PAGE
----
Most Britons want assisted dying to be legalized. Why are members of Parliament too cowardly to do this? | Simon jenkins
WWhat are deputies for? The assisted dying bill, which will be debated in the House of Lords on Friday, lines up with previous divorce, abortion and sexuality laws in the canon of social liberalism. It’s an unfinished business from the 1960s.
The bill is also at the heart of how a free democracy should regulate matters of life and death, with deep meaning for millions of Britons at a time of their utmost pain and despair. An overwhelming majority in the UK now wants reform. Yet members of Parliament do not have the courage to give it to them.
As with its drug laws and inhumane prisons, Britain is quickly falling in the rankings of progressive nations. It is not because he is inherently illiberal. This is because his parliament is dysfunctional, no longer up to the task. It is a shame that the House of Commons rejects the issue of physician-assisted dying in an unelected chamber, which many members have inherited or bought their seats.
Irish women in need of abortions have had to travel abroad to escape religious fundamentalism. Likewise, terminally ill Britons must find £ 10,000 to travel to Switzerland if they wish to die in comfort and dignity. Anyone who helps them is liable to prosecution. It’s similar to the new Texas law that allows any private citizen to sue those who lead a patient to an abortion.
Of course, helping anyone who wants to end their own life raises sensitive regulatory questions. They are repeated ad nauseam whenever assisted dying is debated. It is difficult to kill yourself, especially in extreme cases of disability and pain, but helping a loved one can be just as difficult. It can also be an act of supreme love. Likewise, the help of a doctor can be a supreme act of consideration and care.
These are questions of desperate delicacy, unsuited to the truncheon of criminal law. The task of the legislator is not to raise his hands in horror. It is about interfering and regulating.
Public support for assisted dying is now overwhelming. In August, a YouGov opinion poll showed that three-quarters of Britons were in favor, evenly distributed among voters from all parties. Doctors, naturally upset by the issue of end-of-life care, have come to let parliament decide. Regulated medical assistance in dying is now practiced around the world, in Canada and Australia, the Netherlands and California, Switzerland and Spain.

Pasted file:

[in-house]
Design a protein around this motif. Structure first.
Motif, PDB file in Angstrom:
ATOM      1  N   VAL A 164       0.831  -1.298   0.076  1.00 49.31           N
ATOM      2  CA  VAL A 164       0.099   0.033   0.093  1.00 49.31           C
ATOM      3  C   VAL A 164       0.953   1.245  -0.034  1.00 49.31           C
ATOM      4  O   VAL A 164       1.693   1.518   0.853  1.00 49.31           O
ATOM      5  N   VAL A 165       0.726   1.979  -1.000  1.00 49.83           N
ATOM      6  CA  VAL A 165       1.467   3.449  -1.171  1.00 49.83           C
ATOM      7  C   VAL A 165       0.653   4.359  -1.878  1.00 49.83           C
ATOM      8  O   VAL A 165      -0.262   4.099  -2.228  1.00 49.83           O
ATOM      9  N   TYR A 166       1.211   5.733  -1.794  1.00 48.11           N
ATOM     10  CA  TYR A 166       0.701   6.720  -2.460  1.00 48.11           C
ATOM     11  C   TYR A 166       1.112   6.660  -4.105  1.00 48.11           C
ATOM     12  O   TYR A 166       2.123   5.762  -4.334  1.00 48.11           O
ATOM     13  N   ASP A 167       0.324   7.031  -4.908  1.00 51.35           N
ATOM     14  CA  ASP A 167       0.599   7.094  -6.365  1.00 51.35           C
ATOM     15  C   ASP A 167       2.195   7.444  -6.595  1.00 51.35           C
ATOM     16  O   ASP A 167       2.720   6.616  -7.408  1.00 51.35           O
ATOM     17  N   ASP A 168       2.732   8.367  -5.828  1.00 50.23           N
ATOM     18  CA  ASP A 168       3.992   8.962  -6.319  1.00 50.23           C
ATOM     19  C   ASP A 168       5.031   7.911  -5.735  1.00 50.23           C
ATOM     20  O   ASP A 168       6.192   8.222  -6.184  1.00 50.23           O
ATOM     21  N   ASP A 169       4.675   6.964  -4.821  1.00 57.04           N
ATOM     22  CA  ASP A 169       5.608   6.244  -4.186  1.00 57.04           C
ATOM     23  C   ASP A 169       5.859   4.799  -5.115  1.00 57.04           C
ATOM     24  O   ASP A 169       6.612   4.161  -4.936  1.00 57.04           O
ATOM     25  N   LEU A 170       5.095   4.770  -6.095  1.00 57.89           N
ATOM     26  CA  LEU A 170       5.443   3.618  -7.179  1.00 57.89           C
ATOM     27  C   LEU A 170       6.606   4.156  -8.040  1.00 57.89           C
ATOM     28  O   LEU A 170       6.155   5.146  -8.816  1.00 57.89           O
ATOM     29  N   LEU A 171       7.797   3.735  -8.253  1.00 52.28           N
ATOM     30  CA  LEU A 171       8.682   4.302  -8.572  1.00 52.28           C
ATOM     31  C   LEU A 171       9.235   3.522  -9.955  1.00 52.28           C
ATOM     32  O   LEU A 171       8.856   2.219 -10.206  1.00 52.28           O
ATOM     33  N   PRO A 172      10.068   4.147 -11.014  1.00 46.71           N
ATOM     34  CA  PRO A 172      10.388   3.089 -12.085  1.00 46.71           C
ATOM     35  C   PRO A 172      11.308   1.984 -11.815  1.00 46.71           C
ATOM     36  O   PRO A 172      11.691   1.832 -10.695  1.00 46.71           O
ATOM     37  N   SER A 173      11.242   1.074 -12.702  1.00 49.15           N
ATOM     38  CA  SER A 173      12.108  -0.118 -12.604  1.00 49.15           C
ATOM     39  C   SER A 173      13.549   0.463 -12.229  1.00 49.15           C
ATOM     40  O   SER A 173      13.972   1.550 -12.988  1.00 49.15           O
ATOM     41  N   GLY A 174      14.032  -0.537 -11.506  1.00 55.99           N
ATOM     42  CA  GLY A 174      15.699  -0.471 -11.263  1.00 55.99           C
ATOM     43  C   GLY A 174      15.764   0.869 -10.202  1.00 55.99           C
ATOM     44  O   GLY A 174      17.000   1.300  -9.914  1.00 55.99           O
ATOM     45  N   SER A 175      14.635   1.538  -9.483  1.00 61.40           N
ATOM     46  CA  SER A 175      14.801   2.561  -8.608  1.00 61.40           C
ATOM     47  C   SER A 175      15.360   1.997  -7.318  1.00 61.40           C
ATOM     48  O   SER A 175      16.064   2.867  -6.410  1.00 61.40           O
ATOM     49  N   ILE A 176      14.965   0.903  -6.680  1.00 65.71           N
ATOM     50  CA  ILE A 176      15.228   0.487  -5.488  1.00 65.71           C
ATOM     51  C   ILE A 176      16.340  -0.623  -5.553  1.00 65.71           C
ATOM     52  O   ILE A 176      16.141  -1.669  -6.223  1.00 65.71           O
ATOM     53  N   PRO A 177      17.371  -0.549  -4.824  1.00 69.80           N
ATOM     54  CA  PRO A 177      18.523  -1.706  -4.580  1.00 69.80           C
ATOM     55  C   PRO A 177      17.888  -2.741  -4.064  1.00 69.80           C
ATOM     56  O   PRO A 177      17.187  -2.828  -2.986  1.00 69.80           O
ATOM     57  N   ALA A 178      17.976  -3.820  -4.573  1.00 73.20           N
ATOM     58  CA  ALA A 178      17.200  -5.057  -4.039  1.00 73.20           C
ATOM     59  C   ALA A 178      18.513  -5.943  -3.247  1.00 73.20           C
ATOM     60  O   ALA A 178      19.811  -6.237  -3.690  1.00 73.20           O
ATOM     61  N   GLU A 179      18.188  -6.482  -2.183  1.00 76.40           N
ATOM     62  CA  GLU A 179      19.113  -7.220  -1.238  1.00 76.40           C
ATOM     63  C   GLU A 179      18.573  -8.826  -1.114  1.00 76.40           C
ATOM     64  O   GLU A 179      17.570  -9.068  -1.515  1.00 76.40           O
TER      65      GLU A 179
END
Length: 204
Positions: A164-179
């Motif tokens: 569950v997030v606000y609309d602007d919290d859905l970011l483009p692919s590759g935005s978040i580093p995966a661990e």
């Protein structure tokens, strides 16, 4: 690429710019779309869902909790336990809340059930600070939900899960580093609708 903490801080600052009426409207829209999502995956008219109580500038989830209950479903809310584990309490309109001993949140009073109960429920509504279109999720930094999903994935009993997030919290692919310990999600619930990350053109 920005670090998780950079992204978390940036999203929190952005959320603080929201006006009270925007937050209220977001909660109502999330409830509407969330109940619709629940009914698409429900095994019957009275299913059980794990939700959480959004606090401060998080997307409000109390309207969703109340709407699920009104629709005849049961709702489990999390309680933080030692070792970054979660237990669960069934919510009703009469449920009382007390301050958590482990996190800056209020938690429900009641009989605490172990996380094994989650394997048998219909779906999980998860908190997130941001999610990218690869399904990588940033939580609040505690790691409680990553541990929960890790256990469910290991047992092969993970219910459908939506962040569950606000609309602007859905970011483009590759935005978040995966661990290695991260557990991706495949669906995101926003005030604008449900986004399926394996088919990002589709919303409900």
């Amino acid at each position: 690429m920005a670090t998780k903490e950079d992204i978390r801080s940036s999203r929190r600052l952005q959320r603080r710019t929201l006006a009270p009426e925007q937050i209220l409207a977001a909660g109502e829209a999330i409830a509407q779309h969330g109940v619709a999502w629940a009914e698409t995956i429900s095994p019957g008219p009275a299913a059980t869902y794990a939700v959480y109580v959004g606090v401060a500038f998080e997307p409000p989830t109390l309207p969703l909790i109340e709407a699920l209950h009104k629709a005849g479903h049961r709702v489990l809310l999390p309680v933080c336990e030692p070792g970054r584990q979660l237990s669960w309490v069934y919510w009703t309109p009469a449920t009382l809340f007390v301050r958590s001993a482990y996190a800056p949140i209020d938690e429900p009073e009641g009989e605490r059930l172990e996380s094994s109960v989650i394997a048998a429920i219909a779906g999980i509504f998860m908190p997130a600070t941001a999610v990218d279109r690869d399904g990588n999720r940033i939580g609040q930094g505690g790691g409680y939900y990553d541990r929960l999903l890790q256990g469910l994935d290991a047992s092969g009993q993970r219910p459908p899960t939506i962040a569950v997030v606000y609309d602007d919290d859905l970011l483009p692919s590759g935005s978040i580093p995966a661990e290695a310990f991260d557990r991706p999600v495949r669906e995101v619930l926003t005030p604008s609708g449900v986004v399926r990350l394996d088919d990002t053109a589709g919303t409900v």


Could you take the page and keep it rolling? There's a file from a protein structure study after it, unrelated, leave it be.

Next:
British courts – faced with bad law, the indolence of parliament and the reluctance of juries to convict – have tried to get police and prosecutors out of the moral line. Formal guidance tries to take into account compassion and the lack of “encouragement”. But as Stephen Sedley, a former appellate court judge, wrote, a confusion between “helping to die” and “encouraging to die” is ethically chaotic. The same goes for the assessment of “compassion”. As Sedley points out, a loved one can hardly protest out of compassion for the sake of mercy when they are also warned to “not say anything” that could be used as evidence against them. The law is “both medieval and arguably illegal,” he says.
Every few years, the House of Lords proposes a suggested reform. Lord Joffe did it in 2003, Lord Falconer in 2014 and this week Baroness Meacher. His bill would allow those “whose suffering is beyond the reach of palliative care to die well and on their own terms, if they choose.” The safeguards against the misuse of such a law are quite strict – the imminent death and the approval of two independent doctors and a High Court judge – but the objectives are constant. Comfort and dignity.
It has been six decades since Britain decriminalized suicide. That assisted suicide should always be illegal is outdated and wrong. People near death should be treated as lifelongers, as sensitive human beings with the freedom to decide how to end their lives in the company of family and friends. They are not subject to an external authority. Their existence is not at the disposal of a state, let alone someone else’s concept of god. A church shouldn’t dictate the law.
The liberal reform is increasingly shaken by strident minorities, on the left and on the right of the politico-religious spectrum. Expressing a strong belief is believed to be a sign of group virility, usually coupled with a demand that other groups obey it. So if I declare abortion and physician-assisted dying to be murder, you are not free to disagree.
Reason does not refute this intolerance. The only answer is to assert the rights of majorities – in this case, to defend personal freedom and dignity in a free society. It is outside the purview of the House of Lords. That elected MPs and their parties are too cowardly to legislate what most Britons overwhelmingly want is worse than pathetic: it is undemocratic.